"A smile brings a whole new level of humanity to old photos."
A picture is worth a thousand words, but this photo of an indigenous woman captures something rare in historical portraiture—a smile!
The woman pictured here is O-o-dee from the Kiowa tribe native to the Great Plains, who, as you can see, bares a marvelous smile to the camera. The 130-year-old photograph was recently unearthed at an auction and found a home at the Smithsonian Institution's National Anthropological Archives. George Bretz was the photographer who snapped the incredible shot along with others at his Fort Sill, Oklahoma, studio.
According to the catalog data, O-o-dee is dressed in the native garb of the Kiowa people: a belted buckskin dress with elk-teeth adorning the front. She was the daughter of "old lady Blackowl" and was wed to "Red Buffalo." She stands against a draped plank with her electrifying grin on full display. This facial expression seems quite jarring compared to most photos of the era, where stern-faced subjects hold themselves with a severe disposition. So this makes us wonder—why was this the case? Was there a specific reason to look serious?
Courtesy of Smithsonian Anthropological Archives
There are a few explanations, actually. Some theories include hiding the signs of poor dental hygiene, while others address the notoriously slow wait times between camera shots, making people settle for neutral visages to avoid straining to say cheese. But one likely reason is that the stoic poses were trendy. People in the 19th century admired the look of formal portraits, and the cost of acquiring one from a skilled photographer seemed to warrant a sober countenance. Much like the selfies of the social media age, it was the popular aesthetic of the time. We can only imagine how people will view our Instagram feeds 100 years from now!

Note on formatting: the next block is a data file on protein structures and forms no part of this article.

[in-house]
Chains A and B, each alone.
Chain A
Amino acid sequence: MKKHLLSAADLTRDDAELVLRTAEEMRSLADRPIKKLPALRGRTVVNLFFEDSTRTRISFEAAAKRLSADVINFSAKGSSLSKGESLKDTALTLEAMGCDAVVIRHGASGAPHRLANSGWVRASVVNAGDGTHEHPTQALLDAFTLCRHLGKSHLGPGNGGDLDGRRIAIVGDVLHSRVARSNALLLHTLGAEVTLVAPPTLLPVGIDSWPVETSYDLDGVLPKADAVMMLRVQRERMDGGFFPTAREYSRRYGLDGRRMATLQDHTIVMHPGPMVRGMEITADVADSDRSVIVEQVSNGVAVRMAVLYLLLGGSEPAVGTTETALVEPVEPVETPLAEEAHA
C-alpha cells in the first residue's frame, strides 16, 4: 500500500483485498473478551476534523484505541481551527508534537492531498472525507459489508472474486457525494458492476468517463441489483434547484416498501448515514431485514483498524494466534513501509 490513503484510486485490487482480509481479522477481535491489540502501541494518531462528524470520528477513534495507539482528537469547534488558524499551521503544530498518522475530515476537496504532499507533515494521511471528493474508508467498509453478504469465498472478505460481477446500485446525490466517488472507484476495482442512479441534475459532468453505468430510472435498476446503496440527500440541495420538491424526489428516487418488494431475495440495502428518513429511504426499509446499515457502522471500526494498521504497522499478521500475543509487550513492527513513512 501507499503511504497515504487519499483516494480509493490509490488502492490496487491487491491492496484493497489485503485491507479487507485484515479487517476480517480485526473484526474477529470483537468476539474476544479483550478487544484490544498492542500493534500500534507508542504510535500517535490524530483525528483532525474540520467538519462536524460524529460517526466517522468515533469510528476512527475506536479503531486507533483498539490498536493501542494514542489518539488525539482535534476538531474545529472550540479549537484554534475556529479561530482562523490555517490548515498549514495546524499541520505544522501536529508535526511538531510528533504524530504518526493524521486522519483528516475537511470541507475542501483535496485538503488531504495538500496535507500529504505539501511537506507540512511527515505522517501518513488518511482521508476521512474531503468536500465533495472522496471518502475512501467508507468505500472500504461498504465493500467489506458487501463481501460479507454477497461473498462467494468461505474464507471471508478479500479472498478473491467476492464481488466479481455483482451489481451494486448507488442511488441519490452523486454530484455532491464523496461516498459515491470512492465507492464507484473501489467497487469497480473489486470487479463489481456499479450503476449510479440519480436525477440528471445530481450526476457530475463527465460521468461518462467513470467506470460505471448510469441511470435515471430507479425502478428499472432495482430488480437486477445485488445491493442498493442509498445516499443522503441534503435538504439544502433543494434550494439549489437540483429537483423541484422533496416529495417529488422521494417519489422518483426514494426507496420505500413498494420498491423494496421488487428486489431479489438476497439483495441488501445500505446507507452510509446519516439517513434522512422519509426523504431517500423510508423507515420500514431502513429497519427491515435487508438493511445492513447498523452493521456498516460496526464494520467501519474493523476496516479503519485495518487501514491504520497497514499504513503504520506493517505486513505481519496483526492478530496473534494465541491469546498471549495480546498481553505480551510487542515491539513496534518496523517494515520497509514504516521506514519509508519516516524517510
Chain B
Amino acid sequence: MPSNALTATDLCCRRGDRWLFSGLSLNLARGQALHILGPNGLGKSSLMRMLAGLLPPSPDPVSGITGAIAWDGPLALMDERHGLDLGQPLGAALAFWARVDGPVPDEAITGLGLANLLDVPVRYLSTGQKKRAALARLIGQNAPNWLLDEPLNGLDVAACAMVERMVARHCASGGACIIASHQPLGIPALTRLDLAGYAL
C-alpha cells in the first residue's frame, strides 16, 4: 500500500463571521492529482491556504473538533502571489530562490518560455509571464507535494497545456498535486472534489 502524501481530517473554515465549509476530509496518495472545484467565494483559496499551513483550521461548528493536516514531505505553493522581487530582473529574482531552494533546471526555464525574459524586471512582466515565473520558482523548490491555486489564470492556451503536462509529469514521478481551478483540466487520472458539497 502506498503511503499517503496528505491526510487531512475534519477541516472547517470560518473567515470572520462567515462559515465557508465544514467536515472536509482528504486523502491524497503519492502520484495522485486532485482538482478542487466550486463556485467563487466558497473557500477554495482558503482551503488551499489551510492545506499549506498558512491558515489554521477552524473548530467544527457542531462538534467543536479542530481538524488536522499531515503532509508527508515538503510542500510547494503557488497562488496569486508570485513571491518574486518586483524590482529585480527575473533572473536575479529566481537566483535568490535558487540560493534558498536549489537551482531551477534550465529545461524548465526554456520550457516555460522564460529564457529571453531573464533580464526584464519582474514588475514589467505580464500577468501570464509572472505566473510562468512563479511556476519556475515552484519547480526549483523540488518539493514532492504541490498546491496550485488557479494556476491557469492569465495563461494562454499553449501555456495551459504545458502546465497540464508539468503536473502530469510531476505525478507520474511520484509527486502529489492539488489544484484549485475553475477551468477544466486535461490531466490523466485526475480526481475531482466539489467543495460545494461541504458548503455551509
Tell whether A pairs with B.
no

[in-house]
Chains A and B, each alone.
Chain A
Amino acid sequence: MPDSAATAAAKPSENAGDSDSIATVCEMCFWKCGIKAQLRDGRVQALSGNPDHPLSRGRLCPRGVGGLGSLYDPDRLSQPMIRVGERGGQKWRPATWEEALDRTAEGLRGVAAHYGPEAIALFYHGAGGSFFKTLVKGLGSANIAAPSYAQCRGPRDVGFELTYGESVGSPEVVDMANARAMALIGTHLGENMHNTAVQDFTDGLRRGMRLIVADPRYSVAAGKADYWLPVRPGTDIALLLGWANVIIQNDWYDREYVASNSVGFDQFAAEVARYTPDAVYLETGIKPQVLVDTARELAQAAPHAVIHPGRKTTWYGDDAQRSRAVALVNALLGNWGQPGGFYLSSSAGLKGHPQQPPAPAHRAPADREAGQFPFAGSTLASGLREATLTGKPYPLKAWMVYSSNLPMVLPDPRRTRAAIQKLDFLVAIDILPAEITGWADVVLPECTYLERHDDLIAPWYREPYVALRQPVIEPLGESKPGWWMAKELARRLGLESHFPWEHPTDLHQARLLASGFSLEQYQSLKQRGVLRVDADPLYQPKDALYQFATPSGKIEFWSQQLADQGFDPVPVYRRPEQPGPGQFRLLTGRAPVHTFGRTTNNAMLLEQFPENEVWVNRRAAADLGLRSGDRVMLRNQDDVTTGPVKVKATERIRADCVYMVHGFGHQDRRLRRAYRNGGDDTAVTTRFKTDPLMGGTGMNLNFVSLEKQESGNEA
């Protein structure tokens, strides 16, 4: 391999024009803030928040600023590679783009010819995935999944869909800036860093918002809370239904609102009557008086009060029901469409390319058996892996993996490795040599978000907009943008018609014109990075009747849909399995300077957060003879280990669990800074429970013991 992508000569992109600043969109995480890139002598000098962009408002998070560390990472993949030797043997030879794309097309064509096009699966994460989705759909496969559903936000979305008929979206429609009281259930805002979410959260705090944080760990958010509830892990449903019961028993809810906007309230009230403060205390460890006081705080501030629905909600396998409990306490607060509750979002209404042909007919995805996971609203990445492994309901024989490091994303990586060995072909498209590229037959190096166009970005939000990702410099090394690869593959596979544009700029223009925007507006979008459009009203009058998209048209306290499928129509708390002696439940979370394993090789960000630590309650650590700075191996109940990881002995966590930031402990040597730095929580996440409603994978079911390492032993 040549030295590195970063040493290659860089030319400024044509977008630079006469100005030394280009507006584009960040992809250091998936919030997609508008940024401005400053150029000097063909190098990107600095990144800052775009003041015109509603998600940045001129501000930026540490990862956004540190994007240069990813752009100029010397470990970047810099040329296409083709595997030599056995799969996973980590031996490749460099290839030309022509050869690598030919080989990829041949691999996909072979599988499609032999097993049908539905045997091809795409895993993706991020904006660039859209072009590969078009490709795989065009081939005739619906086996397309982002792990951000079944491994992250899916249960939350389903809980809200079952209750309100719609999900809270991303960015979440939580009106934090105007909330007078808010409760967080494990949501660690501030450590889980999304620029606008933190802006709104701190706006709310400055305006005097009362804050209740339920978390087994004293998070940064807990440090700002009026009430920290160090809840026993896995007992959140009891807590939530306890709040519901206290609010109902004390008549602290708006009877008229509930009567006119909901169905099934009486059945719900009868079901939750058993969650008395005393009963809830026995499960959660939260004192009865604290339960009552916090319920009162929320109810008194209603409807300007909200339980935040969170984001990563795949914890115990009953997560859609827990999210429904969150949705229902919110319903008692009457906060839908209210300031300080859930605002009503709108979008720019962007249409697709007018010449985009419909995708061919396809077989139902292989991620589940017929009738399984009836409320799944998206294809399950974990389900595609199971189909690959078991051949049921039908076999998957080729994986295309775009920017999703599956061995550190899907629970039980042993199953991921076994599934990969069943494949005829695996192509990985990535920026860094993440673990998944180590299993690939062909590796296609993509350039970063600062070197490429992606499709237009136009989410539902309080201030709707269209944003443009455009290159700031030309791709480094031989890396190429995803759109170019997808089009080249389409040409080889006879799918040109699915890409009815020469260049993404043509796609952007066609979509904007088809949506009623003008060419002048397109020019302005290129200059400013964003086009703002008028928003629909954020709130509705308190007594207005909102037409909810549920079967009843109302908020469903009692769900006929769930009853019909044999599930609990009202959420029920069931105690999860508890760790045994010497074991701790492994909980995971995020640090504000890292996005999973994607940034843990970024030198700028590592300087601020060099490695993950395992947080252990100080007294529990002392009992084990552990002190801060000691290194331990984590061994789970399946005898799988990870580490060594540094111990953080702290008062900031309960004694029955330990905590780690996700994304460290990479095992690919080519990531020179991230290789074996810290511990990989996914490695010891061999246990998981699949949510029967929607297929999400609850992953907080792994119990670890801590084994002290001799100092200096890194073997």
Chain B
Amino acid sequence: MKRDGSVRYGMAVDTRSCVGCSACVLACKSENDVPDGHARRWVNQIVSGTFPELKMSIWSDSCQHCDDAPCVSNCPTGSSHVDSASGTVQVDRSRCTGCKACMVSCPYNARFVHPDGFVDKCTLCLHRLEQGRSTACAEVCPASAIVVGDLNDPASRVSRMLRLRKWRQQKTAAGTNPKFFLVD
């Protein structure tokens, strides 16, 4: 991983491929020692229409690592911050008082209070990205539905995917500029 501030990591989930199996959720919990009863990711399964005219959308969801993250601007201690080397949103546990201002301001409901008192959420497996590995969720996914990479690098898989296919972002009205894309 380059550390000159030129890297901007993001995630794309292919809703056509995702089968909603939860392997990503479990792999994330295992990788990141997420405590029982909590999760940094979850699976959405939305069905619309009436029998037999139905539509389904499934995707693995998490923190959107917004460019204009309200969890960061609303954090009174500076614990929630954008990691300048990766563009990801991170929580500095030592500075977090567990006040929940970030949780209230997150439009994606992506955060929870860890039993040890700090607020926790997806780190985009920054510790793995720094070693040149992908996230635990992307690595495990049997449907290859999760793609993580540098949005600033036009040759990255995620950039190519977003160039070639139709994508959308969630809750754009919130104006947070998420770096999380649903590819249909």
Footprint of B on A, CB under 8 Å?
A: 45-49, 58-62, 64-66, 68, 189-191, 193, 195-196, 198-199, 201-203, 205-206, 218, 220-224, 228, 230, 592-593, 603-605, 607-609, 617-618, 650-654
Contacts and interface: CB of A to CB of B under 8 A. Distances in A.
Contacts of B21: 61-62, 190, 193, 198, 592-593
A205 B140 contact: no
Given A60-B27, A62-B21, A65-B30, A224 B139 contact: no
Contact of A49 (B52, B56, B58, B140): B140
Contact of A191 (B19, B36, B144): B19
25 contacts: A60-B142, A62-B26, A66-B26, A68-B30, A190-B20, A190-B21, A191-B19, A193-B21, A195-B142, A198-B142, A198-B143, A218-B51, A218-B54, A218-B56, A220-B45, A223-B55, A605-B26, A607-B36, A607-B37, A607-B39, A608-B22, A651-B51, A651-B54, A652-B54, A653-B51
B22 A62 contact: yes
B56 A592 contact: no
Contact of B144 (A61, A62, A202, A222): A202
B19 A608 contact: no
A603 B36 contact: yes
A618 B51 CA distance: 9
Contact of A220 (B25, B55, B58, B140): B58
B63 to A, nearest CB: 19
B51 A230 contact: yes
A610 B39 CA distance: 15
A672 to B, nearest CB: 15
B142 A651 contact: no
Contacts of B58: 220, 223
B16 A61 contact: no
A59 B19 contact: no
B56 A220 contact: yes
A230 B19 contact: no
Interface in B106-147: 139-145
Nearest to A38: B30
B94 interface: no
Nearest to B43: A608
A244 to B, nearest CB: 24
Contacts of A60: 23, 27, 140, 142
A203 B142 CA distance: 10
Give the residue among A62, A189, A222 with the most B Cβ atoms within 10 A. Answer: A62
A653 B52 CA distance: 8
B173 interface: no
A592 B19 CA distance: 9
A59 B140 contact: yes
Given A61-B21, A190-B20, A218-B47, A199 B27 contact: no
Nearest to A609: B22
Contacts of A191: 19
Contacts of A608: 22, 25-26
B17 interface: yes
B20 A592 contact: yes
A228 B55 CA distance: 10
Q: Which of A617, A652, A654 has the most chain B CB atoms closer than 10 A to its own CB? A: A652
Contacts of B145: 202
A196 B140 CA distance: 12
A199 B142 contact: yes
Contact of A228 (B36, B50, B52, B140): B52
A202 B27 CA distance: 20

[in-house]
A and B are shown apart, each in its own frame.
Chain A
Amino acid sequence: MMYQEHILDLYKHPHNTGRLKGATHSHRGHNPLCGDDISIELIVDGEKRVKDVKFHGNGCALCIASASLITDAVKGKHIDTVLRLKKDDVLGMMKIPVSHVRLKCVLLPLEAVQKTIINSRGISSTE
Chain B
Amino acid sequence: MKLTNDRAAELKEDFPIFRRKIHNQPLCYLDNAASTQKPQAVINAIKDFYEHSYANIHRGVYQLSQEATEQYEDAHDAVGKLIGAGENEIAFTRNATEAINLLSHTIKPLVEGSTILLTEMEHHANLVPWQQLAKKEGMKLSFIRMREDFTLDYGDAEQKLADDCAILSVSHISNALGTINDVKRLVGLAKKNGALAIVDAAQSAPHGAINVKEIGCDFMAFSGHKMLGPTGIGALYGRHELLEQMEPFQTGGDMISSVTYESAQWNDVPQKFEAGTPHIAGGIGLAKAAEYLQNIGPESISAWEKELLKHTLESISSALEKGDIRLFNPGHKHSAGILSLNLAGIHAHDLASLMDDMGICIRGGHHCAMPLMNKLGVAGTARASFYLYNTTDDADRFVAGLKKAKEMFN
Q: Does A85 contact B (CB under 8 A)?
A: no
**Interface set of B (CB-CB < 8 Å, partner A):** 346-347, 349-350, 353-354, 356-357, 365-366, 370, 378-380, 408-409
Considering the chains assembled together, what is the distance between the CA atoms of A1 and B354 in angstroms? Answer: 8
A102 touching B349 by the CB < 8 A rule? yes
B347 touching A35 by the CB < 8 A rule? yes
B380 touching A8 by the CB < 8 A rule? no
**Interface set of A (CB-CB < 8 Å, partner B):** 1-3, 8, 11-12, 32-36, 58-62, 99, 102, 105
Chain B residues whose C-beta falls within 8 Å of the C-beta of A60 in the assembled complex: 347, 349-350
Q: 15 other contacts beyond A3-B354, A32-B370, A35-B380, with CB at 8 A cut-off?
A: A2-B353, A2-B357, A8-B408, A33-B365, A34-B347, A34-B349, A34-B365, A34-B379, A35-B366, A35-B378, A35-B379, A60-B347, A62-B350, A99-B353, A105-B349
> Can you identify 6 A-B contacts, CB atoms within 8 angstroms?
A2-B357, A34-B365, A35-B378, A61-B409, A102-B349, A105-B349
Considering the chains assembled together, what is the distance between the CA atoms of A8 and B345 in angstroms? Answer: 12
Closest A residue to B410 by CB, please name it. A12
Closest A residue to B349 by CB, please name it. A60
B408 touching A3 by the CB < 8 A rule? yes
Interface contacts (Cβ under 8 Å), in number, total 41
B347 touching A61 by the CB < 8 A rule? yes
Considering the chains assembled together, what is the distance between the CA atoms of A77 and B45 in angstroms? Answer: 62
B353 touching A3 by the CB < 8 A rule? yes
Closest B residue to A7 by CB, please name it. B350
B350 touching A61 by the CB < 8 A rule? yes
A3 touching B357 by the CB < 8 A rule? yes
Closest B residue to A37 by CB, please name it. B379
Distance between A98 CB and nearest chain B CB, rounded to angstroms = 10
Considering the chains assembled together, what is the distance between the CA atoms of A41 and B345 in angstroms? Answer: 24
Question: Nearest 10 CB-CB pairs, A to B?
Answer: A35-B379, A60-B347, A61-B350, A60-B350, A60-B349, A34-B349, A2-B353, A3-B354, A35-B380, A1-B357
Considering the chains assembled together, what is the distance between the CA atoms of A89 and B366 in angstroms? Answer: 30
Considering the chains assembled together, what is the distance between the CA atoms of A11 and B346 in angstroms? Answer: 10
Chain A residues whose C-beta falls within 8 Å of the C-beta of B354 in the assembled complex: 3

This photo was taken in 1894, and the black and white image took our collective breaths away. It also caught the internet by storm last year, with commenters left awestruck by the woman's uncanny modernity. One wrote, "A smile brings a whole new level of humanity to old photos." We may not know much about the woman herself, but the photo undoubtedly gives us a snapshot view of who she was. Worth a thousand words, indeed!
What do you think of this historical photo? Do you know of similar pictures in your own family? Let's hear about them in the comments!